Fri | Aug 18, 2017

Shellivie Smith-Lumsden: A real survivor

Published:Monday | April 4, 2016 | 4:00 AMCecelia Campbell
Shellivie Smith-Lumsden and her children.
Shellivie Smith and her children.
Smith-Lumsden
Smith-Lumsden
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Shellivie Smith-Lumsden never thought that she would be raising four children all by herself.

After having one child out of wedlock, she married the love of her life, and the union produced three children.

With big dreams of making life better for the family, and powered by what she described as 'crazy faith', she did whatever it took for them to move out of a rented house to having their very own. That dream became a reality when they bought their home in Longville Park, Clarendon.

Wanting to help her husband shoulder the responsibility of providing for the family, she told him she was going back to school to further her education. She thought this would have been welcomed news. The last thing she expected was his resistance. "That was when the abuse started. I showed him numerous possibilities, but he said that he was discussing it with his friends who were laughing at him to say that I am going to leave him when I got my degree," she related to Flair.

Her husband had it in his head that she would "run off with a white-collar man" and there was nothing she could do to convince him otherwise. However, she went ahead with her plans, and that was when the relationship took a turn for the worse.

First, she had to deal with the verbal abuse, then it got physical. "I didn't fight back, trying to be the submissive wife - for the most part what I thought submissive meant. Things continued and got worse when he hit my eldest child (his stepdaughter) who was 14 years old at the time and told me he didn't want her in the house," recalled Smith-Lumsden.

That was an enormous blow for her as she had never been apart from her daughter. She defied his orders and kept her child and endured the abuse.

 

Affecting the children

 

She finally realised what all the abuse was doing to her children when a counsellor from the boys' (twins) school called and told her of the drastic changes in their behaviour. "She said they were drawing broken purple and red hearts, with tears around them, and family members apart and sad. It was then that I decided that I would stop going to school," Smith-Lumsden told Flair.

Although she gave up on her studies hoping for a more peaceful life to stabilise her children, that didn't help. Instead the abuse got worse.

He started to demand that she and the children leave the house. She got so stressed that she ended up in the hospital.

Things reached a head for her one night when after one of the many abusive episodes, her eldest child pulled a knife from the kitchen, threatening to kill her stepfather if he didn't stop abusing her.

"I decided to leave with the children because I couldn't allow them to continue hurting," she said. Leaving proved a challenge as she was operating an early childhood class out of the house.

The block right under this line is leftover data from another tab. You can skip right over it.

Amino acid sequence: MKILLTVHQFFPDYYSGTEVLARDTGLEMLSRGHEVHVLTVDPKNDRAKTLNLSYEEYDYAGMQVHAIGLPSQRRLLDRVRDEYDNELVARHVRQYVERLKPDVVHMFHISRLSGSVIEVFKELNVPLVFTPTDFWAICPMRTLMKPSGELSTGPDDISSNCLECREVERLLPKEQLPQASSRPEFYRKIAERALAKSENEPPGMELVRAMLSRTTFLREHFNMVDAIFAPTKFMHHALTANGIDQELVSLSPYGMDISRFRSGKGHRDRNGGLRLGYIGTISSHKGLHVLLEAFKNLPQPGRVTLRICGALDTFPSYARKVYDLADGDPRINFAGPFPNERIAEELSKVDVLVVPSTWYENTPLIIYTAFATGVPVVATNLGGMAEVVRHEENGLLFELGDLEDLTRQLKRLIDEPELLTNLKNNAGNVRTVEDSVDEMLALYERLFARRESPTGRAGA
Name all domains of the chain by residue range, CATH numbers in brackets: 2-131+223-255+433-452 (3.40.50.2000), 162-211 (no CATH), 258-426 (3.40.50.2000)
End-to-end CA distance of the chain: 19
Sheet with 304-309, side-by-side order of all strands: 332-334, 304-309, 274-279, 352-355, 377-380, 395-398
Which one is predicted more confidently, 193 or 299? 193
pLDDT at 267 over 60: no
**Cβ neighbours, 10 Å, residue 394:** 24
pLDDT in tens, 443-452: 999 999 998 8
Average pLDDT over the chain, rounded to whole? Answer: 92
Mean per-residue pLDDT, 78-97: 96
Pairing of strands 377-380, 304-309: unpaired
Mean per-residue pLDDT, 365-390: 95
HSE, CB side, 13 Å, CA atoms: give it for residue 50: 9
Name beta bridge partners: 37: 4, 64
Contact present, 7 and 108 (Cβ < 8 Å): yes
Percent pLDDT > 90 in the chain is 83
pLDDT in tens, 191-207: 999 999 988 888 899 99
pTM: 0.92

While not staying there, she still had to go there to conduct her classes.

Her ex-husband destroyed a section of the enclosed classroom, and became a mischief,constantly intimidating her.

Paying rent and mortgage proved too much for her, and she made up her mind to return to the house which, by this time, her husband had abandoned.

 

Moved Back in

 

But as soon as she settled back in, he was back instructing her to get out. That argument led to a big fight in which he banged her against the wall and the furniture. The sight of the children crying got to him and he stopped.

"That day I called the police, a statement was taken, and charges were pressed." She eventually dropped the charges with the provision that "an occupation and protection order" be put in place. "The judge honoured my request and he had to take his things and go," said Smith-Lumsden.

Starting over with four children was not an easy task, but she said that through it all God has showed up in her situation. "Since 2008 I have received four scholarships. These have afforded me the opportunity to acquire a diploma in Early Childhood Care and Development, a certificate in Special Education, a certificate in Advanced Children Education Programme, and presently I am completing a diploma programme in entrepreneurship. I was also recently selected to receive a $100,000 grant to enhance my business and the promise of another," she revealed, adding that she is also currently pursuing a Bachelor in Education at Mico University.

An added blessing for her is that her daughter who was severely affected by the unstable relationship (there wasn't much hope of her finishing high school) is now also pursuing a Bachelor in Business degree at the University of the West Indies.

"My sons are now in high school and the youngest has just taken the Grade Six Achievement Test (GSAT) and looking forward to high school," Smith-Lumsden revealed, adding that it has been challenging, but her commitment to her children has seen her pressing on.

"It is my passion to help a sister understand that if they are feeling lifeless due to abuse, enough life is still in them to experience a rebirth. I am propelled to be an inspiration to women. For them to find hope in understanding that their best days are yet to come," said Smith-Lumsden, who is also the president of the Longville Park Parent Support Group.